Ford Motor Co. wants to improve its balance sheet and to eventually reach an investment-grade credit rating and so it has recently revealed an expanded and extended revolving credit facility. From an $8.9 billion revolving credit, Ford now has access to $9.3 billion. Of this figure, $9 billion now matures on Nov. 30, 2015, two years later.
As planned, the other $300 million will mature in 2013. Ford Treasurer Neil Schloss said that this credit stands for a valuable source of committed liquidity and financial flexibility for the automaker. Schloss said that this offer was "significantly oversubscribed" by banks. He added that this is an insurance policy that the company hopes to never have to use.
This revolver is included in the over $23 billion that Ford borrowed in late 2006 to support its turnaround, secured by assets such as the Blue Oval logo. The initial line of credit was at $11.5 billion. Since then, Ford has repaid almost all of the $23 billion. The collateral promised to lenders under the revolver would be released when Ford achieved investment grade ratings from at least two of the three major ratings agencies.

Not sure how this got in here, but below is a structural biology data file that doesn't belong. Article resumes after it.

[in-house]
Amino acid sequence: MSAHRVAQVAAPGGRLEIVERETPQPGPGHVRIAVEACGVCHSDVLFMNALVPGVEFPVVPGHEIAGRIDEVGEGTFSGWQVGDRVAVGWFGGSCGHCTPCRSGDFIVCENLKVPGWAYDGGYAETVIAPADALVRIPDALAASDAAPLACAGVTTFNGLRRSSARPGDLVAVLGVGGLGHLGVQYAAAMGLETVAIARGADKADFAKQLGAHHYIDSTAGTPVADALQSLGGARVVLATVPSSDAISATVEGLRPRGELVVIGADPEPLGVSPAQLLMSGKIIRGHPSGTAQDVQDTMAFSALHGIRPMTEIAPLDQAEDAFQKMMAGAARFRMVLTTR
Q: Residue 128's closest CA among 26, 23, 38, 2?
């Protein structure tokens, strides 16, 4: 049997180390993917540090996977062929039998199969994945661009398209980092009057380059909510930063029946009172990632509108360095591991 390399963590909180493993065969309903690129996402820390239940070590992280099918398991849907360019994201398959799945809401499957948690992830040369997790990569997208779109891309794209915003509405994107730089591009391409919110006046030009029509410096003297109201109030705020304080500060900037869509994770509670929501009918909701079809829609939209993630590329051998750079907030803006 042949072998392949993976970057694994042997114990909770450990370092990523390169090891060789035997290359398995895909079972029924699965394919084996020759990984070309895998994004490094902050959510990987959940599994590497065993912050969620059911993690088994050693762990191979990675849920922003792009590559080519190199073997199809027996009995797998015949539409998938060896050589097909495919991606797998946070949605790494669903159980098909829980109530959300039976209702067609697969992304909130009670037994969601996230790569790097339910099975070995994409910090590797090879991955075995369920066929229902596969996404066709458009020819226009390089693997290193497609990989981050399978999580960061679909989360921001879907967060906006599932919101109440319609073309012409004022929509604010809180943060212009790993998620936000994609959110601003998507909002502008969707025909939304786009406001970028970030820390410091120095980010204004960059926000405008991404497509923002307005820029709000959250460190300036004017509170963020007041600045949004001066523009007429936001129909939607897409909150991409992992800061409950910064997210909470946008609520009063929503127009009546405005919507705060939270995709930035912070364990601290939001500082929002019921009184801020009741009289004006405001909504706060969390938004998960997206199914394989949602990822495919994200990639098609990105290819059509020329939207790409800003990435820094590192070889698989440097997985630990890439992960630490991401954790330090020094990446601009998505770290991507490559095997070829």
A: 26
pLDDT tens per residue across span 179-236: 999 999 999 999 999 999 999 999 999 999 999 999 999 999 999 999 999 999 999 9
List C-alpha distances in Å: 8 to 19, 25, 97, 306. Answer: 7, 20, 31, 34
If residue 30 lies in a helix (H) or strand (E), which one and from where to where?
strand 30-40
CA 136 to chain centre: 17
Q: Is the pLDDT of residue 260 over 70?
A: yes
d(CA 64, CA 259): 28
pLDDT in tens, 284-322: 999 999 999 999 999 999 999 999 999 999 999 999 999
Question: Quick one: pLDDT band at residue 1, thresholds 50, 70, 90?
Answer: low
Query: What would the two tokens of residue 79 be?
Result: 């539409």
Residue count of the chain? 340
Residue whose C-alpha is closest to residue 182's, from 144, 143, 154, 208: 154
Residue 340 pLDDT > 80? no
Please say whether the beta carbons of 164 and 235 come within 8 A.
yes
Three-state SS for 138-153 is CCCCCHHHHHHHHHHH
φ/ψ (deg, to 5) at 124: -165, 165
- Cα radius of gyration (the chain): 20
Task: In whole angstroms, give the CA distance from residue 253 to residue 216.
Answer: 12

Ford is rated by Moody's Investors Service, Standard and Poor's Ratings Service and Fitch Ratings at one notch below investment grade. Banks that participate in this deal understand that this revolving credit would shift to an unsecured facility "in the near future" as soon as Ford reached investment grade. A "One Ford" plan is being enforced to simplify and unify product development and supplies. Last year, Ford's U.S. market share was 16.8%, falling behind General Motors Co. with 19.1%.